The boss of the Sellafield nuclear site has blamed a “long and gruelling” cross-examination for providing MPs with inaccurate information. Tony Price, managing director of the facility in Cumbria, told the Public Accounts Committee (PAC) this month that a vitrification plant, which turns radioactive waste into glass for storage, was working well, while many staff were unable to work there after a power failure had led to heavy contamination. When told of this the PAC’s chairwoman, Margaret Hodge, said that she would look at what Mr Price had said and that it was “a very serious thing to mislead” the PAC. Mrs Hodge has criticised the cost of decontaminating Sellafield but was told that the plant was an example of where the private-sector team working on the clean-up had given the taxpayer good value for money.
Independent 23rd Dec 2013 read more »
SNP ministers have hit out at the UK Government, accusing it of prioritising nuclear power at the expense of wind farms. The row follows a decision to omit all planned Scottish offshore wind farms from a list of 10 “affordable” projects likely to receive UK Government support. The developments could now miss out on a share of subsidies worth £4.5 billion. SSE, the energy company behind one of the schemes, has already said it was disappointed by the announcement. Energy Minister Fergus Ewing said that the decision had serious ¬implications for Scotland’s offshore wind industry and would increase ¬uncertainty for developers and investors. He also criticised the UK Government’s priorities, saying: “They should be supporting the release of our green energy potential instead of being hell-bent on ploughing billions into nuclear power stations, which restricts the funds available to s upport renewables.”
Herald 23rd Dec 2013 read more »
EDF Energy’s Torness power station is taking part in an initiative called ‘Together We Count’ run by five local primary schools and a secondary school in a bid to improve children’s number skills and encourage them to use maths. Dunbar Primary, Innerwick Primary and Dunbar Grammar School are all taking part. The youngsters are all being encouraged to take part in a quiz at Torness power station’s visitor centre called ‘Nuclear Numbers’ which asks them to look in detail at the information and exhibits on display and then fill in their answers, which are all maths related.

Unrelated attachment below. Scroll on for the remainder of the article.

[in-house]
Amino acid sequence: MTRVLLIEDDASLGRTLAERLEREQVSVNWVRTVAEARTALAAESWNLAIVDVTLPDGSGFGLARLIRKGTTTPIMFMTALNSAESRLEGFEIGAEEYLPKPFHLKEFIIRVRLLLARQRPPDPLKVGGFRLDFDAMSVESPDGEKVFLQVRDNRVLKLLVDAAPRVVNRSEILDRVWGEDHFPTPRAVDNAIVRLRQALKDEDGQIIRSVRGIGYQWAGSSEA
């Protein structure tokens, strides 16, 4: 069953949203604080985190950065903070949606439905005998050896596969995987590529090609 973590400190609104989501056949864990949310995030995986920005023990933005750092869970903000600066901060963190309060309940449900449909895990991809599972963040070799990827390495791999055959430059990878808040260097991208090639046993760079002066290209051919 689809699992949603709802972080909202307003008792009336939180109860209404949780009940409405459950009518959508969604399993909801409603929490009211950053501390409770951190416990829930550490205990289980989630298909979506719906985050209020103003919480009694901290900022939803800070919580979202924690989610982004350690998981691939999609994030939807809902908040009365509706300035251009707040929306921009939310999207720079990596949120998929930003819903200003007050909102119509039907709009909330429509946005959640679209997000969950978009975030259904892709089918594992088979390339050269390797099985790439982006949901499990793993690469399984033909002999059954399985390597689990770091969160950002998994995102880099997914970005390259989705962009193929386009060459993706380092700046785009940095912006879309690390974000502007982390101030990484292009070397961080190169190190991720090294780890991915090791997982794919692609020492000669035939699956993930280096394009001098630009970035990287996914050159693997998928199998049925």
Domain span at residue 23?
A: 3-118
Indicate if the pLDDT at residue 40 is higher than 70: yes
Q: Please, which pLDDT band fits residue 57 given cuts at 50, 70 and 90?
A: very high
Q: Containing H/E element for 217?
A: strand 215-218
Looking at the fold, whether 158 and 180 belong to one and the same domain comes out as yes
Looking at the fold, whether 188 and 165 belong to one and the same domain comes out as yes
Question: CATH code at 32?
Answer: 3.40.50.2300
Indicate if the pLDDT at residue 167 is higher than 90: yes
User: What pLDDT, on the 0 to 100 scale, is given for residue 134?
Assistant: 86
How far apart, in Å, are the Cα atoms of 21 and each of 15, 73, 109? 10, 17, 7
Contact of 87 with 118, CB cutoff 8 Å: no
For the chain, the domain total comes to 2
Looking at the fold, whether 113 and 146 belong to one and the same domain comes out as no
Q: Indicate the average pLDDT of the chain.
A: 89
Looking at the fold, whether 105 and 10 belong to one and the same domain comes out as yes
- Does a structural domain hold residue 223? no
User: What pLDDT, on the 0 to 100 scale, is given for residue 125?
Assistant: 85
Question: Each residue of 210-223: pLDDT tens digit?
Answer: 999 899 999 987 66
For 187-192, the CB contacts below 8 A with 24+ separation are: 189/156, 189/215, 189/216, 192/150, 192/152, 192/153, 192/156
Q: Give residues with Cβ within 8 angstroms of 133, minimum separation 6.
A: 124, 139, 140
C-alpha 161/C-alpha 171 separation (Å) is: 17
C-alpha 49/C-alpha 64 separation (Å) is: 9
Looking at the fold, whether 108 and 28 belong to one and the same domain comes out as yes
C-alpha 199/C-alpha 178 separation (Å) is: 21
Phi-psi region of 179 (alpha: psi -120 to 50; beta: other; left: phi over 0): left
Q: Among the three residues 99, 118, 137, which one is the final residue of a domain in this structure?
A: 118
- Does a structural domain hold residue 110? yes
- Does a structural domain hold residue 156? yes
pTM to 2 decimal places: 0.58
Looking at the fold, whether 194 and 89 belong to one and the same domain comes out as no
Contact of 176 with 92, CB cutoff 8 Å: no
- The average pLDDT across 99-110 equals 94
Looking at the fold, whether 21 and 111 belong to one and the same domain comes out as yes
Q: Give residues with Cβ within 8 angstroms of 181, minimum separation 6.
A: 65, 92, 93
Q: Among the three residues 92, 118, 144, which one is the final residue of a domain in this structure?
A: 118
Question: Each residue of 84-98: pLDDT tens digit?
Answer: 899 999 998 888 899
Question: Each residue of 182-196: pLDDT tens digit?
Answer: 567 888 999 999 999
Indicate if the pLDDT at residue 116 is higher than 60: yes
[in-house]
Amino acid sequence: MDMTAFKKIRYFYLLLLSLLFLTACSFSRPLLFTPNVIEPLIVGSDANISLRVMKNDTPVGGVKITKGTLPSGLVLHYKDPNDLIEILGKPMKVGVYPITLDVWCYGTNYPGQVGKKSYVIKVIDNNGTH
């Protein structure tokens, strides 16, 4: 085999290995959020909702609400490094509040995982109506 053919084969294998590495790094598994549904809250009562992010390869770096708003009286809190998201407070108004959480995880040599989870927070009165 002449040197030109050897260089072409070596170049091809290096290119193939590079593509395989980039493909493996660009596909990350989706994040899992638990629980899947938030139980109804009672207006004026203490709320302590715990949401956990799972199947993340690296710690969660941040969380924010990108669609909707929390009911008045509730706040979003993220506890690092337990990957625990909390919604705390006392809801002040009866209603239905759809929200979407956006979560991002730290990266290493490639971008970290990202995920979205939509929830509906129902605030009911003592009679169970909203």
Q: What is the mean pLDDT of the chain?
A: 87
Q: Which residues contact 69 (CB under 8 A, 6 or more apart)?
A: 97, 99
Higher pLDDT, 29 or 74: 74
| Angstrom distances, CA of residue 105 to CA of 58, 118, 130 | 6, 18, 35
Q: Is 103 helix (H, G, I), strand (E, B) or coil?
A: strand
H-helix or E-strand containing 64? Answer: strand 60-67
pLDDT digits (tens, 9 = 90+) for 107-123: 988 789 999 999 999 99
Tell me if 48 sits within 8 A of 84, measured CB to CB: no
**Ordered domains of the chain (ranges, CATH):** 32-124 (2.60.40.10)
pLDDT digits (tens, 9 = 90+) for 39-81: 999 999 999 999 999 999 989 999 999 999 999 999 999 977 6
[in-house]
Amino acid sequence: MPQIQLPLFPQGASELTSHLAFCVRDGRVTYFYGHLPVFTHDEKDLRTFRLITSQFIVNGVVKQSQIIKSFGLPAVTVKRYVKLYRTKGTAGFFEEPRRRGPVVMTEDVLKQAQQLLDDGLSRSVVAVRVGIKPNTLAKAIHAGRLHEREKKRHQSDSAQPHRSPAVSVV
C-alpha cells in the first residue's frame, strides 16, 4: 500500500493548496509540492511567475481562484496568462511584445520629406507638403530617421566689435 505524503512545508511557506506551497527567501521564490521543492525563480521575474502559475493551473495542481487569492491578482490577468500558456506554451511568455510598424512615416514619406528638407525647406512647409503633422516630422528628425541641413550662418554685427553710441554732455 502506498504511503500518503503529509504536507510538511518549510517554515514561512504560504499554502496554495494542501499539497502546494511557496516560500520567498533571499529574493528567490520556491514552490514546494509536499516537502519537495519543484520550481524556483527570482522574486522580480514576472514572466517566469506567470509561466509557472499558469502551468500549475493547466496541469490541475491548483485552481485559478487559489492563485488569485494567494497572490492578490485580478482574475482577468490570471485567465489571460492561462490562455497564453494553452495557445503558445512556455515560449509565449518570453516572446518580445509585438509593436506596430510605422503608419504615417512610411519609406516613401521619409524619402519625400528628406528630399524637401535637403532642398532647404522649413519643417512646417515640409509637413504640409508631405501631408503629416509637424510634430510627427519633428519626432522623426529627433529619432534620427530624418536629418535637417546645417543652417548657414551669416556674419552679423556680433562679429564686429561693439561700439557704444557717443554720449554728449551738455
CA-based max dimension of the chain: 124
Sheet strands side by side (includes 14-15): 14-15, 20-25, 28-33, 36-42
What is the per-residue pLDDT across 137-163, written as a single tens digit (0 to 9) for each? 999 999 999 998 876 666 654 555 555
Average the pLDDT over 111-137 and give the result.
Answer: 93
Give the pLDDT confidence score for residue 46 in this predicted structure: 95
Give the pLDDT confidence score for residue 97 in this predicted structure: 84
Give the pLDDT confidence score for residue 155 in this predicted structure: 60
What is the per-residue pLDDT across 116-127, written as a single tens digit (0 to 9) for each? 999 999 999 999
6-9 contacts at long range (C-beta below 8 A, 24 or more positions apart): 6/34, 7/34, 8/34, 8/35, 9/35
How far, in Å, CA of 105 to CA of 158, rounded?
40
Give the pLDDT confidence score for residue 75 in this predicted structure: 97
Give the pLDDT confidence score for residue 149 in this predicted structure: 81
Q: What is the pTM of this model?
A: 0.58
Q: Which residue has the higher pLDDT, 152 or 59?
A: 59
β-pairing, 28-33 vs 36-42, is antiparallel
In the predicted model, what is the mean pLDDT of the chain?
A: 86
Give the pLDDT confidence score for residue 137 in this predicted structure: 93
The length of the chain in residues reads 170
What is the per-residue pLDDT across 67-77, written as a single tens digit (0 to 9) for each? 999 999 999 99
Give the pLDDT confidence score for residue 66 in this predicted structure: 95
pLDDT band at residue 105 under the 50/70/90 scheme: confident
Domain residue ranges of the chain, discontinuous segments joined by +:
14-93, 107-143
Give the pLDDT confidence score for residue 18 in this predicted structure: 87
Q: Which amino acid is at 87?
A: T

Berwickshire News 22nd Dec 2013 read more »
A National Grid manager dismissed warnings about blackouts this winter saying a dramatic surge in demand for power would only result in the lights being dimmed.
Telegraph 22nd Dec 2013 read more »
Letter Director UK Steel: It is right that uncompetitive energy prices are rendering our energy-intensive sectors uncompetitive both within the EU and globally. These sectors are vital for the UK to capture maximum value from the huge energy infrastructure projects that the UK is determined to implement. Professor Helm also identifies the disastrous paradox that reducing UK emissions as a result of uncompetitive energy prices will see emissions increase elsewhere and do nothing to tackle climate change. The Chancellor missed a chance to address this issue in the Autumn Statement by ensuring that sectors such as steel, chemicals and cement can compete on a more level playing field. For example, the Renewables Obligation costs energy-intensive sectors in the UK more than 10 per cent of their electricity bill, while competitors in France and Germany are virtually exempt from these costs. The uncompetitive landscape that Professor Helm describes is not economically sustainable and has negative environmental consequences on a global level. Domestically this is bad news for jobs and the UK economy. The Chancellor must address this in the Budget.
Times 23rd Dec 2013 read more »
Letter Michael Fallon: we are creating record investments of £4 0 billion in renewable electricity to bring jobs and growth to the UK. The Hinkley nuclear power station deal will help to maintain security of supply, reduce consumer bills and decarbonise our electricity market. The price is competitive when measured against other forms of large-scale low-carbon power generation commissioning along similar timeframes, and the plant will help keep the lights on for years to come. It is also the first time a private company is taking all the construction risk in building a new nuclear plant.
Times 23rd Dec 2013 read more »
Experts were divided over whether radiation from the Fukushima nuclear accident affected the thyroid cancer rate among children in Fukushima Prefecture, in which 59 young people have been diagnosed with or suspected of contracting the disease. Most of the experts dismissed the possibility that effects from radiation from the accident at the Fukushima No. 1 nuclear power plant could appear so soon in children.